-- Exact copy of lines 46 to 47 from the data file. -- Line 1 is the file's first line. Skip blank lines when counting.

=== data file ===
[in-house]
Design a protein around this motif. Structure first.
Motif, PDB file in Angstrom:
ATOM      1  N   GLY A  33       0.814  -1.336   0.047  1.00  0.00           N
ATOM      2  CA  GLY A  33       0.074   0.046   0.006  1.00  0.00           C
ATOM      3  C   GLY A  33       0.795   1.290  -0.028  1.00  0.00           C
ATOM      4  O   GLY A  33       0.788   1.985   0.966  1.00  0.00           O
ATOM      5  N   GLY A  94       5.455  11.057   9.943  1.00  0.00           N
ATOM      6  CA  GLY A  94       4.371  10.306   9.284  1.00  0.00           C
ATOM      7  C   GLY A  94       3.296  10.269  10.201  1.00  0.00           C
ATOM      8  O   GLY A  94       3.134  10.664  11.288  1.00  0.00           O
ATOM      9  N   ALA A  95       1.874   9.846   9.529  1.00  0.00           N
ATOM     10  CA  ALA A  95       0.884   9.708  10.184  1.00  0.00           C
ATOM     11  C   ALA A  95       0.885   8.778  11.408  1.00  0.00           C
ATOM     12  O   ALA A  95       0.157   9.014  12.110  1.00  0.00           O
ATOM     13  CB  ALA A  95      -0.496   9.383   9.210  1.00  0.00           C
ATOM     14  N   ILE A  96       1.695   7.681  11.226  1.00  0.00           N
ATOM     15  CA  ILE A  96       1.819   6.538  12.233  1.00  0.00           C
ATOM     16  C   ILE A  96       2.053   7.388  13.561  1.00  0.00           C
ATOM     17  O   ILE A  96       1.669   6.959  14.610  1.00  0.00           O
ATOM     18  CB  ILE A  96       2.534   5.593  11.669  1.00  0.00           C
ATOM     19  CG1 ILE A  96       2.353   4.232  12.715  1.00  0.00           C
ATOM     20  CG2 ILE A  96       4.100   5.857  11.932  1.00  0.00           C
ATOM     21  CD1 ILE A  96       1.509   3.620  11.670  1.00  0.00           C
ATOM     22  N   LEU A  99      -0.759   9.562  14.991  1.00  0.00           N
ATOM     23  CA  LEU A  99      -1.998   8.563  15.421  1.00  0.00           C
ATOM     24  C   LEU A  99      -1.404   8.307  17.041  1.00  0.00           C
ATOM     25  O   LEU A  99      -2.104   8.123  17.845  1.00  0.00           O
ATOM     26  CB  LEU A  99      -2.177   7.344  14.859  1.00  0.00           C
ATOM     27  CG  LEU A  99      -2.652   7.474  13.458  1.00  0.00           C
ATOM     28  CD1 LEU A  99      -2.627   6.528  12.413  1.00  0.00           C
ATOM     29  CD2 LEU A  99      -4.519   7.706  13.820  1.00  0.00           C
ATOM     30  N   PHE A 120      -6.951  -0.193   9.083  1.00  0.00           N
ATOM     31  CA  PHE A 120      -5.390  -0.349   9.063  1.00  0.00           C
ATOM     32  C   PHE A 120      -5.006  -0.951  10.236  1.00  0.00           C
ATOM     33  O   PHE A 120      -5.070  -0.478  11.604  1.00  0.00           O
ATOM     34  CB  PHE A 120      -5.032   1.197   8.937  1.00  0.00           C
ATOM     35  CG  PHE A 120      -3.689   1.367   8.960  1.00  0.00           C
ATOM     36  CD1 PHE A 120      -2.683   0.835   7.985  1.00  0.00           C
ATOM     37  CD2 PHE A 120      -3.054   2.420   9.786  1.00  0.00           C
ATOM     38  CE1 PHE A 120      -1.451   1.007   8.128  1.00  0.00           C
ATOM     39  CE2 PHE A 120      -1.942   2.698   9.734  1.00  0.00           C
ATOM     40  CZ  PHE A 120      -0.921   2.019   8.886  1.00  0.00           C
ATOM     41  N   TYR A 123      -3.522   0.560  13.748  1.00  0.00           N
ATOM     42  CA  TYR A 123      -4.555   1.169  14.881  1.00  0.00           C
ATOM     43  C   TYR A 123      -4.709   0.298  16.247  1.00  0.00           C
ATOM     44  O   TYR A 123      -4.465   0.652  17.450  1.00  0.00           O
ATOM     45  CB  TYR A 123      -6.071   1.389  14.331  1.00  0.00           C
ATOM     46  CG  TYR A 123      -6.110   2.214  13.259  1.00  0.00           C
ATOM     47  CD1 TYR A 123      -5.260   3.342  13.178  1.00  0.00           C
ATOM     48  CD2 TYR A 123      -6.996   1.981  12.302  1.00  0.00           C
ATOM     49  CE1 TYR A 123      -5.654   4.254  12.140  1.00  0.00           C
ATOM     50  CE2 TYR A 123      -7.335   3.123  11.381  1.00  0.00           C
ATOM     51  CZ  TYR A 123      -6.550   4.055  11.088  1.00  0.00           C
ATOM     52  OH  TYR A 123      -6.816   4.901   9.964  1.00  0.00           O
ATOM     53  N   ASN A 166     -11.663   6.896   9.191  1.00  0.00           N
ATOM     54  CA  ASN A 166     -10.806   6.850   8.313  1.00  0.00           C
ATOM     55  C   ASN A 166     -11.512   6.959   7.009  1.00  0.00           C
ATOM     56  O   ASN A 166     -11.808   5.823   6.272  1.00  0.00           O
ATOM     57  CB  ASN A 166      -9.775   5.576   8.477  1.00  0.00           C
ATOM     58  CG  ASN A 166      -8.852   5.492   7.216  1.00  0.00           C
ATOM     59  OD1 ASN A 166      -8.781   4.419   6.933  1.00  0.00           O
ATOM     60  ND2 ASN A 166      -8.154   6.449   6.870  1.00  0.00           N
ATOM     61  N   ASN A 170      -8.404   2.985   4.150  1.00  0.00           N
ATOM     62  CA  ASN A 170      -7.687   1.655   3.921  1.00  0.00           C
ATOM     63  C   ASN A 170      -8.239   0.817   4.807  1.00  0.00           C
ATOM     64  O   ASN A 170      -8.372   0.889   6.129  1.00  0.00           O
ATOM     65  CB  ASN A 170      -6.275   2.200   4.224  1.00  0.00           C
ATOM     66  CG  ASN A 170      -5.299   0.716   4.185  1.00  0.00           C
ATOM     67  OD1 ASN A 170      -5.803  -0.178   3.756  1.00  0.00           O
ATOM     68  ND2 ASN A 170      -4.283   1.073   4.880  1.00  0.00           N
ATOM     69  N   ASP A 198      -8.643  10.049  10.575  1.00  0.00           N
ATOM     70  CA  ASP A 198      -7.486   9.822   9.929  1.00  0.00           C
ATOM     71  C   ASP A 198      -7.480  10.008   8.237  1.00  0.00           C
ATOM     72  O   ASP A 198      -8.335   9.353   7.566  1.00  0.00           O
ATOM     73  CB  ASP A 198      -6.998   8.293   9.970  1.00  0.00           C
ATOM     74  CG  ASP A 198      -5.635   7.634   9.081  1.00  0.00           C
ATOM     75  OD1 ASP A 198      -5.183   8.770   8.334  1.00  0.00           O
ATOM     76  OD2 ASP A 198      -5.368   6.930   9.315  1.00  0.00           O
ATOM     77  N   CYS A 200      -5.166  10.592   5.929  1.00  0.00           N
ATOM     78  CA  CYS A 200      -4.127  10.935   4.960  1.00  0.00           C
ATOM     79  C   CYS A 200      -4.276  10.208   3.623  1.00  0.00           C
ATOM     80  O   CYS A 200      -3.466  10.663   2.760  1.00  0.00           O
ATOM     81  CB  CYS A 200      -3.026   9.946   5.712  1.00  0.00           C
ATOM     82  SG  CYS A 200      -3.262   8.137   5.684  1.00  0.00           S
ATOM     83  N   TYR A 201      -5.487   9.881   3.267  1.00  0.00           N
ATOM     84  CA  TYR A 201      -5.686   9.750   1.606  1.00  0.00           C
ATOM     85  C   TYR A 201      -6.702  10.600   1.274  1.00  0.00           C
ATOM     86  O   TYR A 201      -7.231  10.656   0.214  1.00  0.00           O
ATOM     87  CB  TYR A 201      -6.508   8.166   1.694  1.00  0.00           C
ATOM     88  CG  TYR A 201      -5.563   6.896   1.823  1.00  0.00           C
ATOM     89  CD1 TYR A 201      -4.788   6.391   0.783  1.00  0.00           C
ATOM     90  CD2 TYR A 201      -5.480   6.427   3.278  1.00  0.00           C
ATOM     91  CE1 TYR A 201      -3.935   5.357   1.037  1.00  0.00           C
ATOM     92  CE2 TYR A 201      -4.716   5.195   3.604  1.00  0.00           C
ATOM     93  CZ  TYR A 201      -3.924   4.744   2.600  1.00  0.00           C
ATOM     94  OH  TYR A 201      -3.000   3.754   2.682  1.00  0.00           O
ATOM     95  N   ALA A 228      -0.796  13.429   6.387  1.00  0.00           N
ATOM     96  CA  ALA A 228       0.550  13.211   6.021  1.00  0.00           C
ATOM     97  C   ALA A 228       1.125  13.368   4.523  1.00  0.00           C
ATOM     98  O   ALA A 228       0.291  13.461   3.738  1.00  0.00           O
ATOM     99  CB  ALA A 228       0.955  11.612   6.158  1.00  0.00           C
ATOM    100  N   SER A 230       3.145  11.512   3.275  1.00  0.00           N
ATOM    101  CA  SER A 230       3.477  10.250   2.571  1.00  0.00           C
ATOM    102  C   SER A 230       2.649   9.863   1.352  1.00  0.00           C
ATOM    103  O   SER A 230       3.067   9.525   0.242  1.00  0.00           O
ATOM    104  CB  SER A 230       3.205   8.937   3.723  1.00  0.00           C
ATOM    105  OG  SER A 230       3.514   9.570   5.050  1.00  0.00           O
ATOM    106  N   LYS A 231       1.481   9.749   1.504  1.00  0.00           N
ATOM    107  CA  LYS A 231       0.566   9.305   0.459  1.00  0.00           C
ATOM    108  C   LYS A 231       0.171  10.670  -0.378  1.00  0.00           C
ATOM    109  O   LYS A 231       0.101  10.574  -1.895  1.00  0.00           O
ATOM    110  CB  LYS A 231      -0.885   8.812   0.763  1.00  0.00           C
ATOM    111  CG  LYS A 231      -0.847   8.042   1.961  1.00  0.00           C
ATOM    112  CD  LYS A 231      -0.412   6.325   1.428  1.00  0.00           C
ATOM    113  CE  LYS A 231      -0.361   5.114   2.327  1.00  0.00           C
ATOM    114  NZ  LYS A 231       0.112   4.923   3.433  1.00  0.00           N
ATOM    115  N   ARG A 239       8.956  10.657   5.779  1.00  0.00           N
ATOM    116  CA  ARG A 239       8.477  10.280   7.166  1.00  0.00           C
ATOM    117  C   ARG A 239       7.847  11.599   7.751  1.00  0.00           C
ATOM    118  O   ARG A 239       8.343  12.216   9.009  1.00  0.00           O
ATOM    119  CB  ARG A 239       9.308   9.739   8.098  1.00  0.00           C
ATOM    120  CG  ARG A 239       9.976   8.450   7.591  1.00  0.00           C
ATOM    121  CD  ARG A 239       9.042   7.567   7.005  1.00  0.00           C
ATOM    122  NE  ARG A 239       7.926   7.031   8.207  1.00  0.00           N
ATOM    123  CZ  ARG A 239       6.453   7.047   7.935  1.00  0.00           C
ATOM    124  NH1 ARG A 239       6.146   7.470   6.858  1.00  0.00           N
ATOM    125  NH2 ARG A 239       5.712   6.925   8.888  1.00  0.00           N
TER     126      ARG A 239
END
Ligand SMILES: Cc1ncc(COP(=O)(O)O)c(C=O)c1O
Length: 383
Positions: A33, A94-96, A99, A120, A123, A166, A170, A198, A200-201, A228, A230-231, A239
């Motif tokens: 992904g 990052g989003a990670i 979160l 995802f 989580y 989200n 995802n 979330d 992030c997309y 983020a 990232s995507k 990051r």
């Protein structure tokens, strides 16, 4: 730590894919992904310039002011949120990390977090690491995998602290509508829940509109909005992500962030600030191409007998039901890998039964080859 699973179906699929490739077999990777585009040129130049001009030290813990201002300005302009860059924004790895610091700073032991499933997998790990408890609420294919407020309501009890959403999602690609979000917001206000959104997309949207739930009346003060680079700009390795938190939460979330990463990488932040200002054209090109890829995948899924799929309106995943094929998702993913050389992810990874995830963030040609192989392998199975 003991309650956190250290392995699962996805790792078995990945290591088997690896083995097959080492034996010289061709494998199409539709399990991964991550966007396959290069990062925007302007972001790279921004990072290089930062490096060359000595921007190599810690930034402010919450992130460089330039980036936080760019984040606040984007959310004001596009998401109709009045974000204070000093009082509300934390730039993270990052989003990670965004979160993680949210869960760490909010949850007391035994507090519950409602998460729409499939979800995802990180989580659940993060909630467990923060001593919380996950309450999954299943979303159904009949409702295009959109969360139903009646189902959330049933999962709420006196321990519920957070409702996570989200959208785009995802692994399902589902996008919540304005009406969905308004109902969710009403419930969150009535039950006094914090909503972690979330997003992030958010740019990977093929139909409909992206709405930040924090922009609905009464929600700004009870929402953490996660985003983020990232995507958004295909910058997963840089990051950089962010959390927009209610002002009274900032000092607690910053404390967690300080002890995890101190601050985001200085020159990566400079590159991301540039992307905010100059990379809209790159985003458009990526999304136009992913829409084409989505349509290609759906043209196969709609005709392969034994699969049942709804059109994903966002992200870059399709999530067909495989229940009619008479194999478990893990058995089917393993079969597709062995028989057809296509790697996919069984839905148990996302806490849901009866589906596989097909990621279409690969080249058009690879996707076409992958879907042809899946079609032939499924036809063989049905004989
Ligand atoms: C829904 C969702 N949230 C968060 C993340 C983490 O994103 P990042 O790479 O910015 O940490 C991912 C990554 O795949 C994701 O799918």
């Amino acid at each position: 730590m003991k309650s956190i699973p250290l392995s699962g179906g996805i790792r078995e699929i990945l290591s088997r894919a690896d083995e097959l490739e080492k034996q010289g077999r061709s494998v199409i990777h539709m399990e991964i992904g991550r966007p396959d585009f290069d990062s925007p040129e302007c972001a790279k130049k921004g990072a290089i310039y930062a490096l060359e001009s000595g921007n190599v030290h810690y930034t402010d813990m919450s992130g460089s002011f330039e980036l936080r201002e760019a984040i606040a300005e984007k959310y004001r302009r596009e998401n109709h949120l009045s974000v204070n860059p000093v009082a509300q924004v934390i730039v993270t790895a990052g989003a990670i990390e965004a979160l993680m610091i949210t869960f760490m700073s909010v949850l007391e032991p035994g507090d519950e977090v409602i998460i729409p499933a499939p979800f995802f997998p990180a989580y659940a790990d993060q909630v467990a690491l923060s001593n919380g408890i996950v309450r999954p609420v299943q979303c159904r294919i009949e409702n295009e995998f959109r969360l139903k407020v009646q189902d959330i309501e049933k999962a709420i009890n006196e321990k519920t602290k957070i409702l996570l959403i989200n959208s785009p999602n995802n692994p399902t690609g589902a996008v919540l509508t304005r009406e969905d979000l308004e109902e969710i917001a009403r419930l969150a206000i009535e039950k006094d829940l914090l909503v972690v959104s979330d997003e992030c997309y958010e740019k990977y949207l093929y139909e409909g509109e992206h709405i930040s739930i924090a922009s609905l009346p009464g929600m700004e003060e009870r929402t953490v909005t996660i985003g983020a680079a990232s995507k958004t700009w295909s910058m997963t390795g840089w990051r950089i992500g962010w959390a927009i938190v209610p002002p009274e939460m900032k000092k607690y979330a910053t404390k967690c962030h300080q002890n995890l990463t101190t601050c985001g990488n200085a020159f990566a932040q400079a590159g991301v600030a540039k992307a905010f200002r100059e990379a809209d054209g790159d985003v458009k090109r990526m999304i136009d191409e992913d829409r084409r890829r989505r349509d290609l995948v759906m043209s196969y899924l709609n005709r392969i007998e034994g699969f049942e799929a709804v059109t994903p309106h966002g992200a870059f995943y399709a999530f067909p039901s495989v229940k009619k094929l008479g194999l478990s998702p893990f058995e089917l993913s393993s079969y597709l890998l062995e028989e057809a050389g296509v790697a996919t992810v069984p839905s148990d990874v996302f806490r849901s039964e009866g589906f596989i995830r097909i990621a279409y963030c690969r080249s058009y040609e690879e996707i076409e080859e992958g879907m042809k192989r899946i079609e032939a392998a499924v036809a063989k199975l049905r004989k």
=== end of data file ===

ATOM     43  C   TYR A 123      -4.709   0.298  16.247  1.00  0.00           C
ATOM     44  O   TYR A 123      -4.465   0.652  17.450  1.00  0.00           O